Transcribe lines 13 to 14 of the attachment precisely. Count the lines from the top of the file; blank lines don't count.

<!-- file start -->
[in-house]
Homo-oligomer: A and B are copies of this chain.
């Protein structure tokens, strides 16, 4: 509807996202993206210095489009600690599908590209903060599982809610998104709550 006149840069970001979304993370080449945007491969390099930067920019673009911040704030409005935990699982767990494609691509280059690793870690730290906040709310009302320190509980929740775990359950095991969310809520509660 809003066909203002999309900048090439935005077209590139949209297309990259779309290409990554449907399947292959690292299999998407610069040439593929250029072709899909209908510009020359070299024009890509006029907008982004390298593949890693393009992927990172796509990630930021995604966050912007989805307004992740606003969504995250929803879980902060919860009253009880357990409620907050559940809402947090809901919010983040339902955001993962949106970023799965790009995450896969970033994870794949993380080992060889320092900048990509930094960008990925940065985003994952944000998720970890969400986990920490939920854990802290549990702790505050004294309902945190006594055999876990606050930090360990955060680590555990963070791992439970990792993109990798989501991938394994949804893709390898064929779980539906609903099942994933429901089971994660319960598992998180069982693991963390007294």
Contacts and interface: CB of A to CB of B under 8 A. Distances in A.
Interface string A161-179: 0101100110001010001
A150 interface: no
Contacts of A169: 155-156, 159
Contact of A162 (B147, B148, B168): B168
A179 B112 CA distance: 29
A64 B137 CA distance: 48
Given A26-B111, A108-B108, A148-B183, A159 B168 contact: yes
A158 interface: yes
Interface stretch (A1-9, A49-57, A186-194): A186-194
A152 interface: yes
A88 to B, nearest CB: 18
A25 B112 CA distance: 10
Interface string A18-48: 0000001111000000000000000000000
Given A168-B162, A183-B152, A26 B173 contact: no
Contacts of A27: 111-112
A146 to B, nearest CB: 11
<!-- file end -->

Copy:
Interface stretch (A1-9, A49-57, A186-194): A186-194
A152 interface: yes